I hate the saying, "it is what it is". What does that even mean? Even though I can't stand it when people say it, I have found that I have been saying it a lot this month. I don't know if it's because I'm frustrated again or if I'm giving up or if I've just resigned myself into a form of acceptance.
This month started off with the call to 911 and a trip to the ER. I still close my eyes and see Juliana purple and limp, not moving at all. It makes it hard to fall asleep. We followed up with our pediatrician like we were told to and he told us what to do in the even that she had any more febrile seizures. This week we followed up with her neurologist at Children's. He's not sure that she had a febrile seizure. In fact, he's not sure what happened to her that caused her to turn purple and stop breathing. Great. I wasn't happy about Juliana having febrile seizures, but at least we had a diagnosis, something to work with. Now we are back to square one, the unknown. Yay.
We ended the week with a visit to Juliana's GI doc at Children's. I already knew he wouldn't be pleased with her weight. Her neurologist showed us all her weights plotted out on her chart, and so I already knew what was coming. Her weight is plateauing again. She weighed in at 20 lbs 8 oz. In 3 months she's gained less than a pound. I tried to make the case that she has had a cold for the past few weeks, but that didn't really do much for the doctor. He's increasing the dosage on her appetite stimulant, and I have to get her evaluated by a therapist from his feeding clinic. Yay, more appointments, and this one may turn into a weekly one, so tack that on to the rest of her therapies. Juliana's GI doc thinks that she gets "fatigued" in the mouth and that's where her poor weight gain stems from. Ryan and I disagree (we have watched her chew on ice cube after ice cube after ice cube), but since this is one of the last things on his list of oral/motor problems, we are going to humor him so that he will rule it out and move on.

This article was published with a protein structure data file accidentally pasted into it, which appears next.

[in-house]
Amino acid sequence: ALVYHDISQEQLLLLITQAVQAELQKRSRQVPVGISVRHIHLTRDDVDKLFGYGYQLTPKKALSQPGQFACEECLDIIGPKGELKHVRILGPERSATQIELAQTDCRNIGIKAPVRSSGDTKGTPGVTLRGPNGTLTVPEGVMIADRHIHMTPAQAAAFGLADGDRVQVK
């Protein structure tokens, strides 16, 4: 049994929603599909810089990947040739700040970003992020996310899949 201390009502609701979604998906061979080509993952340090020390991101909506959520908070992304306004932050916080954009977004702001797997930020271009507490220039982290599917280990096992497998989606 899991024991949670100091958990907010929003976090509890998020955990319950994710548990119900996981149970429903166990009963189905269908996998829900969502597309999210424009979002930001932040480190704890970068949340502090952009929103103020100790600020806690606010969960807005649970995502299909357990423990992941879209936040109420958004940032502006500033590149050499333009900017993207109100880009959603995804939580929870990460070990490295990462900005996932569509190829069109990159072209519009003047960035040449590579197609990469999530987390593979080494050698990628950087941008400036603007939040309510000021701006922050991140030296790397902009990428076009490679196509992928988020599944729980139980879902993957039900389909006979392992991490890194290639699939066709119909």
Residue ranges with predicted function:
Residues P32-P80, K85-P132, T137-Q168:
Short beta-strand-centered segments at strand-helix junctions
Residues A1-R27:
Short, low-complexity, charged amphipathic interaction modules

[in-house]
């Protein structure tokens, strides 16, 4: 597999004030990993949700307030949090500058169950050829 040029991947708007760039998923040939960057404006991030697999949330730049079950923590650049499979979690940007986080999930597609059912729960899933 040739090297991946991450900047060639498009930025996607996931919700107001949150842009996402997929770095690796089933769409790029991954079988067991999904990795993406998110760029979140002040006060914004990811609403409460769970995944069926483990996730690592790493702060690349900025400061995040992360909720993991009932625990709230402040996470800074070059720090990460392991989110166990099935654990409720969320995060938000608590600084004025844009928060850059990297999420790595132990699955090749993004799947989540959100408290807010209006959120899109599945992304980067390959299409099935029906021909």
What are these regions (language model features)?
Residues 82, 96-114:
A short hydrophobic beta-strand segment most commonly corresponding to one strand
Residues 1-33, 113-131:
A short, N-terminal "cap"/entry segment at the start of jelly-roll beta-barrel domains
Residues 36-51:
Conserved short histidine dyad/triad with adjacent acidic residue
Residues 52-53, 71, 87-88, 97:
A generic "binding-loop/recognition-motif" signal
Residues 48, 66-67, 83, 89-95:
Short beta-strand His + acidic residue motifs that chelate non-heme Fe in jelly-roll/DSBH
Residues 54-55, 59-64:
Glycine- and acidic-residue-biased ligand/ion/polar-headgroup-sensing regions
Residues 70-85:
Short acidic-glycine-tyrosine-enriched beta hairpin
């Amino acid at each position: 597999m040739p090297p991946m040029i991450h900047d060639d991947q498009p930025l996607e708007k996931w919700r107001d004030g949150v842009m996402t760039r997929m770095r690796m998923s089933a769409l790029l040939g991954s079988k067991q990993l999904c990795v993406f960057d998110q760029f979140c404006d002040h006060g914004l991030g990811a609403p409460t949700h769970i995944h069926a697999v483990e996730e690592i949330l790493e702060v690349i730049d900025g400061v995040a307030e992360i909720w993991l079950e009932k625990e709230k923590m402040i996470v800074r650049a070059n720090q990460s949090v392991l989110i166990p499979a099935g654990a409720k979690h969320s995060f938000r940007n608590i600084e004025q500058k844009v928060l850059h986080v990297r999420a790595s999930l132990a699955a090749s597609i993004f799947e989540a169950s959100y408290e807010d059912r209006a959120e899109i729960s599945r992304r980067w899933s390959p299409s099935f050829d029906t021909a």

Normally after these disappointing visits, I get angry and discouraged, but yesterday when Laura (our speech therapist) called to get our concerns for Juliana's annual Early Intervention meeting and asked how I was doing after the doctor's appointment, my response was to shrug and say, "it is what it is". What is that about?